SCO is also trying to get the GPL (GNU Public License) declared "unconstitutional" based on some truly shaky law, and on which most commentators are trying their hardest not to just outright mock. (This post is an excellent source of funny quotes.) They're hoping that if they get it declared unconstitutional, they'll also get to claim that anyone who contributed any code to the kernel was just kidding about their use of the GPL, and that they actually meant to put it in the public domain. This is to keep from having to follow the GPL with respect to their own codebase and so they can steal everyone else's code and then sell something that was always meant to be free.
posted by bshort at 12:13 PM on October 31, 2003


The amazing thing about this SCO thing is how long they've been able to keep it up. I mean, it's been at least four months since it became clear that they're doomed to lose badly, and the stock price has just kept going up through all that time, as their actual position only gets weaker. I guess they must have some strong collaboration from some big-money investors who're in on the scam (or think they are...)

The legal claims just keep getting more absurd. When this crash happens, it's gonna be fast. A very entertaining story, all round.
posted by sfenders at 12:18 PM on October 31, 2003


Various flavors of licenses, GPL included.
posted by trondant at 12:39 PM on October 31, 2003


The truly insane thing is that, should SCO's claims about the GPL be found to be with merit, they would call into question the entire patent system. The GPL was created completely within the framework of the existing patent system. If SCO were to accomplish that, it would pretty much give IBM the ammo to say "well, if that license is suspect, so is huge chunks of patent law, and therefore SCO's licenses should be considered invalid. Oh, and by the way, patents are now invalidated. Mere anarchy is loosed upon the world."

So, yeah, this isn't going to happen. I strongly suspect that besides the very visible pump-and-dump activities of the CEO's there's a Microsoft hand up this puppet's butt. There's an investment group that includes Micheal Dell, Bill Gates, and Larry Ellison that pumped a bunch of cash into SCO just before all hell broke loose over this. I think Msoft keeps delaying longhorn so that, should SCO succeed, they won't need to keep extending their kernel, and instead grab unix and stick a blue and green desktop on top of it.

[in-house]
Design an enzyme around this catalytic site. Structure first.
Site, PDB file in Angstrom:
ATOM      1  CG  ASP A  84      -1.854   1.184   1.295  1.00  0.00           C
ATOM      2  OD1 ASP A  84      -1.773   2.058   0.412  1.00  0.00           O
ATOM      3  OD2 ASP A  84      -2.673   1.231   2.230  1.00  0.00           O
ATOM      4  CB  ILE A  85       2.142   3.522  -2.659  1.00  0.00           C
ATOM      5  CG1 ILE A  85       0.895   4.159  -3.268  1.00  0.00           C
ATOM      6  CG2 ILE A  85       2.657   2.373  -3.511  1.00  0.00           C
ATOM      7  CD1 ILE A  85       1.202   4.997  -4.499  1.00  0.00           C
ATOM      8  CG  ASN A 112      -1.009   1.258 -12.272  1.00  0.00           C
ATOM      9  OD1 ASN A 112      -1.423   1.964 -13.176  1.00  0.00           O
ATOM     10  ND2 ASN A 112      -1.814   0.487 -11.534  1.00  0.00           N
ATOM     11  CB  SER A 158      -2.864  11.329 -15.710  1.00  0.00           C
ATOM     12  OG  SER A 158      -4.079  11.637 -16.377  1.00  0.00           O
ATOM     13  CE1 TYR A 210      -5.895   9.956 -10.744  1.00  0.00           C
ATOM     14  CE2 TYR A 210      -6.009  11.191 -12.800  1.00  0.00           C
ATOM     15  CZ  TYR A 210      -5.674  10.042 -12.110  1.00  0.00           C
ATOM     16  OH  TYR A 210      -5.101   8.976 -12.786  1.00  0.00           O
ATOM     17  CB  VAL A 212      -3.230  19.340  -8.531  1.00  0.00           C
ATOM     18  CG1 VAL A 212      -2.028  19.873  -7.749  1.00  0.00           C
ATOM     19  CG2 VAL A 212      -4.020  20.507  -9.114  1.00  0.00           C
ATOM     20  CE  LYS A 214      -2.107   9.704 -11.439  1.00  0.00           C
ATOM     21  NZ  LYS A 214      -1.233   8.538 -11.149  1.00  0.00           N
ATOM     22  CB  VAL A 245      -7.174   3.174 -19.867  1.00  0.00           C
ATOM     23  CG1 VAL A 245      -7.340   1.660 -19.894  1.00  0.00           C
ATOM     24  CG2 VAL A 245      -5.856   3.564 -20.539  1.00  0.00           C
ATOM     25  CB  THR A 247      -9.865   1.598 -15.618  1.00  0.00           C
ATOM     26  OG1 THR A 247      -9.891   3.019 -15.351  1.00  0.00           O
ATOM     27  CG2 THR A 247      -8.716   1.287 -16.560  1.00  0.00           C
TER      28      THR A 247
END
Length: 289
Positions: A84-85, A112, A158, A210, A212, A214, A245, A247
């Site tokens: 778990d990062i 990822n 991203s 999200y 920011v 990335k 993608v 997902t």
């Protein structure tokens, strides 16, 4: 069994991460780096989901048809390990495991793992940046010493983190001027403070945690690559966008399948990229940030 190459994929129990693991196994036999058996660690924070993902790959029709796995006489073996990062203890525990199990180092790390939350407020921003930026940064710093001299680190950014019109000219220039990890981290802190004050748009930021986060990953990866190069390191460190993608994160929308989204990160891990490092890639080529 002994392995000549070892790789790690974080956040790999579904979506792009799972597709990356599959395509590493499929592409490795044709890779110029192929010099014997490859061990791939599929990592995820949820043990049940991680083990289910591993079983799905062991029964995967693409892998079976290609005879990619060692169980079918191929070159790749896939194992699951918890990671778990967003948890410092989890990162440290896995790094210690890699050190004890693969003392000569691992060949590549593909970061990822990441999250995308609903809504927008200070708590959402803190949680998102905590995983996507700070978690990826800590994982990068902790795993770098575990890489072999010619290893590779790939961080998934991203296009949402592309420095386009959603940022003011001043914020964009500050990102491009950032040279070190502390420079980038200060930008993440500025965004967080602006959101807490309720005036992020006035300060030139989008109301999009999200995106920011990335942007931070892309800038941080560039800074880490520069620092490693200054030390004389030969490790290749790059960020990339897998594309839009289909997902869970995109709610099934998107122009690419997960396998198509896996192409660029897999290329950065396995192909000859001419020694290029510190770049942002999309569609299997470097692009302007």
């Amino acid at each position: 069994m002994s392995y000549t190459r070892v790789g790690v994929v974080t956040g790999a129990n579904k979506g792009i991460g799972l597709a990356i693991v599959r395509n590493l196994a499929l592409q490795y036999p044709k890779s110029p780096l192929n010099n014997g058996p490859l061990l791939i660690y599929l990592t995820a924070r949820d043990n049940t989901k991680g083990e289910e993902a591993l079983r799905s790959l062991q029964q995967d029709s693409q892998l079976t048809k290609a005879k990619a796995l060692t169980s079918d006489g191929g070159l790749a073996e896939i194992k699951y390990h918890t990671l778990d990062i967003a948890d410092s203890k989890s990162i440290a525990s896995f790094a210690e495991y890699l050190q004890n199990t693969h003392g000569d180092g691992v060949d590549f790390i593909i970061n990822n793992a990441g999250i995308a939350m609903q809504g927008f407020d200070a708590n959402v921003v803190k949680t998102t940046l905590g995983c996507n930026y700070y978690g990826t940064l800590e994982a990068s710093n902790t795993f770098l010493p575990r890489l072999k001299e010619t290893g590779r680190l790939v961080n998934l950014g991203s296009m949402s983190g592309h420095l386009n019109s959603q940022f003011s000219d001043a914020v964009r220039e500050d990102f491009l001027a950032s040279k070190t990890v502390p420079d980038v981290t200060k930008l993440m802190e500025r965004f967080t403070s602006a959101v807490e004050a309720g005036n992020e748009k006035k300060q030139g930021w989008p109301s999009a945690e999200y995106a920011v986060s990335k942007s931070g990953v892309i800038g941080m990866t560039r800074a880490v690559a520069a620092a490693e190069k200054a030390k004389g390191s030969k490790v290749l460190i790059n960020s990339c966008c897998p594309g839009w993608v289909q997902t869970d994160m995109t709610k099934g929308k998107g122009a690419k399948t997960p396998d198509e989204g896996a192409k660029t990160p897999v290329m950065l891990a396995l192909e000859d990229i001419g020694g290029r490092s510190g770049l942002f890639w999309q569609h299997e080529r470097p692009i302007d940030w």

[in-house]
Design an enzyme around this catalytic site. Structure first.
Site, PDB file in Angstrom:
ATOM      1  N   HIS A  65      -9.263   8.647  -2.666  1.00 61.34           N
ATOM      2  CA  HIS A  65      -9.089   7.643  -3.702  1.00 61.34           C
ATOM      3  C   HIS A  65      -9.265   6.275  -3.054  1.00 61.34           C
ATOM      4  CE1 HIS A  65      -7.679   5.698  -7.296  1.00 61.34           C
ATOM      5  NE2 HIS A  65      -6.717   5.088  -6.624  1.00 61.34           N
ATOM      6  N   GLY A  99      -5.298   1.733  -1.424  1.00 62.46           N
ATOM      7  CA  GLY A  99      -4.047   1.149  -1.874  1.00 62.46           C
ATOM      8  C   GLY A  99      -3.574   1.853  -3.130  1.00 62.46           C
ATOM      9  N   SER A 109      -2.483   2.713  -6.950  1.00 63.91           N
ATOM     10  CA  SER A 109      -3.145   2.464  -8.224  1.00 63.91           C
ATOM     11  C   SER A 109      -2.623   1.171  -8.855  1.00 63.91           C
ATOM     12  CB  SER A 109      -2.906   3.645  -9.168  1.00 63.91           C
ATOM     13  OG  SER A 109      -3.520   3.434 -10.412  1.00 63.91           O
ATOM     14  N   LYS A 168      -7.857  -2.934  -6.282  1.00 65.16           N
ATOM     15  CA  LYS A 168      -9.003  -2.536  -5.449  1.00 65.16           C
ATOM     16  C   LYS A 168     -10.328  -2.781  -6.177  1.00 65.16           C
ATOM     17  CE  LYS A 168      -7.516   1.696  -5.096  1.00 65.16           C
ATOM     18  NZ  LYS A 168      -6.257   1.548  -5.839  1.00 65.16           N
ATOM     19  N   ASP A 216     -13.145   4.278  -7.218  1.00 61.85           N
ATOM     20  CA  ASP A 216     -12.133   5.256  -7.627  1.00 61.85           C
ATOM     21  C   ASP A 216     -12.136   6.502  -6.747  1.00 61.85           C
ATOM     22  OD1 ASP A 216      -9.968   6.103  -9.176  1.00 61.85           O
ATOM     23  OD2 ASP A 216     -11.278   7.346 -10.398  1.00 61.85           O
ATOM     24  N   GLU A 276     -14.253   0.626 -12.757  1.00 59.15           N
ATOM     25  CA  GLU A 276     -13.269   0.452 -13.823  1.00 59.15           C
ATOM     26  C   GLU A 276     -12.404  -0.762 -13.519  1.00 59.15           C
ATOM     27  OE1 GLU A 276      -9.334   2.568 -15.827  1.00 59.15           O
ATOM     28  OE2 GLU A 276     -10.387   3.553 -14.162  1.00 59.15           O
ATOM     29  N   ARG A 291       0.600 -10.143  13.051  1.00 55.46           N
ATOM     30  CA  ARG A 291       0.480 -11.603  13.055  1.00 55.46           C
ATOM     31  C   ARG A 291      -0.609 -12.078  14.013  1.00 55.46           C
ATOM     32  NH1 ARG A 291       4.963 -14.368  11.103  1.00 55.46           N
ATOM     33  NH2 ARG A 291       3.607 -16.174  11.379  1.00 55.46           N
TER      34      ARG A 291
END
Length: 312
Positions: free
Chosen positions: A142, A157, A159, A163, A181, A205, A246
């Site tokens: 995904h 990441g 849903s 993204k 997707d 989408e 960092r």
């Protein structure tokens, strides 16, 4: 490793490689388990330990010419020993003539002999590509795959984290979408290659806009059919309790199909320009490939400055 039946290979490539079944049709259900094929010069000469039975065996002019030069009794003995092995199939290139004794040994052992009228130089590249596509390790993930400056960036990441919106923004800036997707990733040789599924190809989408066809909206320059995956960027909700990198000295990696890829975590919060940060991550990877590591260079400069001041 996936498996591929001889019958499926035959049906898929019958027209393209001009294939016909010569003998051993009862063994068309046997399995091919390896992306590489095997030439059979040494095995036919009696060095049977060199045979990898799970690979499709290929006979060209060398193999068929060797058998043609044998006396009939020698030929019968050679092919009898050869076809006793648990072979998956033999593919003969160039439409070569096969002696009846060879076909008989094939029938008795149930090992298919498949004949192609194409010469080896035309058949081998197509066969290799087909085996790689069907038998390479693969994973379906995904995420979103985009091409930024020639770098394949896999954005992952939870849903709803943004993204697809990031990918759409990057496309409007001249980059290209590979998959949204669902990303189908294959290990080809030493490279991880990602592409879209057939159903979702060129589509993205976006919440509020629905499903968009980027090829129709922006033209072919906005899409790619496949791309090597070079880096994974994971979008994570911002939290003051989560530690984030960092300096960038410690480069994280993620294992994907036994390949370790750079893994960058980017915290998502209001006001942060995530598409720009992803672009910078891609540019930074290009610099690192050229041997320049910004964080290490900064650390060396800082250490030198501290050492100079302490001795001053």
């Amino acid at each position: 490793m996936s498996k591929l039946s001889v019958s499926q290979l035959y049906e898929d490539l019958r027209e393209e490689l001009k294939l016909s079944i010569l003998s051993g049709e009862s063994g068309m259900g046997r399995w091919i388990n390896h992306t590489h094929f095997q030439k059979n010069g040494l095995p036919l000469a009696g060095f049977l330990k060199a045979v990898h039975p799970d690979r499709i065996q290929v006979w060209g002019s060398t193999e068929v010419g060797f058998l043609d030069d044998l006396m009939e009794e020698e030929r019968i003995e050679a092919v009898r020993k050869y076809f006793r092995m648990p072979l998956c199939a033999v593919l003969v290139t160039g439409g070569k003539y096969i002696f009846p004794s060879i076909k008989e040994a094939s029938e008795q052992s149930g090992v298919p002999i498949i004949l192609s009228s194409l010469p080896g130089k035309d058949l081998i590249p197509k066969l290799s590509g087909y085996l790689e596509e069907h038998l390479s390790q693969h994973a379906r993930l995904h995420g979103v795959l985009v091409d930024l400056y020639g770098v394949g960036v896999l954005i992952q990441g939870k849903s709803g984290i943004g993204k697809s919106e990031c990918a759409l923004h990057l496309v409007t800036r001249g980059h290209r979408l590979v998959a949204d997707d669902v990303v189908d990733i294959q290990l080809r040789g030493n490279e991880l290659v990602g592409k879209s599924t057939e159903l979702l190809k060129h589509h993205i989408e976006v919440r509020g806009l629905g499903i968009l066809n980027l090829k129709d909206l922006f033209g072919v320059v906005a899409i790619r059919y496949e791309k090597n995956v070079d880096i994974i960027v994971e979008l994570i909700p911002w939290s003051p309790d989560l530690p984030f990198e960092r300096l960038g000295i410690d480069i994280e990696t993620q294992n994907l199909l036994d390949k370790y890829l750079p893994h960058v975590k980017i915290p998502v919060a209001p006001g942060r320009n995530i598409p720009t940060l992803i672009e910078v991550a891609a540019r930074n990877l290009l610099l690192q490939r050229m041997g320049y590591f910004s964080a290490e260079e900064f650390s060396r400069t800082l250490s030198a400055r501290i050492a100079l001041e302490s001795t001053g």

Quick! Fetch my tinfoil hat!
posted by lumpenprole at 12:58 PM on October 31, 2003


Don't forge that SCO is one of the few licensees of MS code allowed from the MS antitrust suite remedy. I think this is a wash each others back deal.
posted by infowar at 1:13 PM on October 31, 2003


err suit...
posted by infowar at 1:14 PM on October 31, 2003


They can already stick a Windows desktop on Linux if they want to. The license doesn't prevent that any more than it prevents TiVo from sticking a TiVo interface on Linux.
posted by kindall at 1:18 PM on October 31, 2003


The GPL has nothing to do with patents; it is built within the framework of the existing copyright system.
posted by Mars Saxman at 2:23 PM on October 31, 2003


I'm thinking it's time to short SCO stock and make up for the dotcom crash losses. MefiInvestmentClub?
posted by billsaysthis at 4:17 PM on October 31, 2003


If you're going short on SCO now, you'd better be prepared to stay there a while or take a loss. Trial isn't scheduled 'till 2005...
posted by sfenders at 5:19 PM on October 31, 2003


Theory: SCO's stock is actually rising right now in part because of the people shorting it.
posted by namespan at 9:22 PM on October 31, 2003


There's an investment group that includes Micheal Dell, Bill Gates, and Larry Ellison that pumped a bunch of cash into SCO just before all hell broke loose over this.

Curious. Gates' motivations I can see--after all, Linux is a *huge* worry to Microsoft, at least in the server space, and MS isn't above playing dirty pool--but I can't really see why Dell should care one way or the other, at least not in terms of his company's core business, and Ellison you would think would actually be in favour of cheaper, open-source Unix clones, as that leaves more money for companies to spend on Oracle rather that $SomeCommercialUnix licences. Or does he actually see MySQL as a big enough threat that trying to nuke the GPL is worth it to eliminate his company's open source competitor(s)? The whole thing seems a little farfetched, and more easily explained as a stock scam the above guys--possibly including Gates--are trying to make a quick buck on.
posted by arto at 12:23 AM on November 1, 2003


Also there is a distinct lack of shares to short.
posted by PenDevil at 1:55 AM on November 1, 2003


alterslash is pretty good for reading /. - i haven't read the site directly in years.
posted by andrew cooke at 3:31 AM on November 1, 2003